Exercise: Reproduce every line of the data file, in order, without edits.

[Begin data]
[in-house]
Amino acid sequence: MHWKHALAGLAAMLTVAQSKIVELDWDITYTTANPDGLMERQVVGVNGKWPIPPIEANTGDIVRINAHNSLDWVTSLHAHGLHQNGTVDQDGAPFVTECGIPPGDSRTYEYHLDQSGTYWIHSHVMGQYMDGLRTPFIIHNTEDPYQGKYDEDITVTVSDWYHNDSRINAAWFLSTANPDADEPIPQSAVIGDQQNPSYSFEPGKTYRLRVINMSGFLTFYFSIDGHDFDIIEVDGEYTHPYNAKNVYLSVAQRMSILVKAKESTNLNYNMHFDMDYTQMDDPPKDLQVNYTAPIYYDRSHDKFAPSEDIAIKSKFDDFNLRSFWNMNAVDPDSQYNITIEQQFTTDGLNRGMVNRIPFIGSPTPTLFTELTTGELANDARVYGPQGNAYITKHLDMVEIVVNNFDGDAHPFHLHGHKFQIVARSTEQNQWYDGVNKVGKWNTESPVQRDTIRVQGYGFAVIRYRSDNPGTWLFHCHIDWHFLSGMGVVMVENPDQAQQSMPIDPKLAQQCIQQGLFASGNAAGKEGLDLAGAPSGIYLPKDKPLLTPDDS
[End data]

[in-house]
Amino acid sequence: MHWKHALAGLAAMLTVAQSKIVELDWDITYTTANPDGLMERQVVGVNGKWPIPPIEANTGDIVRINAHNSLDWVTSLHAHGLHQNGTVDQDGAPFVTECGIPPGDSRTYEYHLDQSGTYWIHSHVMGQYMDGLRTPFIIHNTEDPYQGKYDEDITVTVSDWYHNDSRINAAWFLSTANPDADEPIPQSAVIGDQQNPSYSFEPGKTYRLRVINMSGFLTFYFSIDGHDFDIIEVDGEYTHPYNAKNVYLSVAQRMSILVKAKESTNLNYNMHFDMDYTQMDDPPKDLQVNYTAPIYYDRSHDKFAPSEDIAIKSKFDDFNLRSFWNMNAVDPDSQYNITIEQQFTTDGLNRGMVNRIPFIGSPTPTLFTELTTGELANDARVYGPQGNAYITKHLDMVEIVVNNFDGDAHPFHLHGHKFQIVARSTEQNQWYDGVNKVGKWNTESPVQRDTIRVQGYGFAVIRYRSDNPGTWLFHCHIDWHFLSGMGVVMVENPDQAQQSMPIDPKLAQQCIQQGLFASGNAAGKEGLDLAGAPSGIYLPKDKPLLTPDDS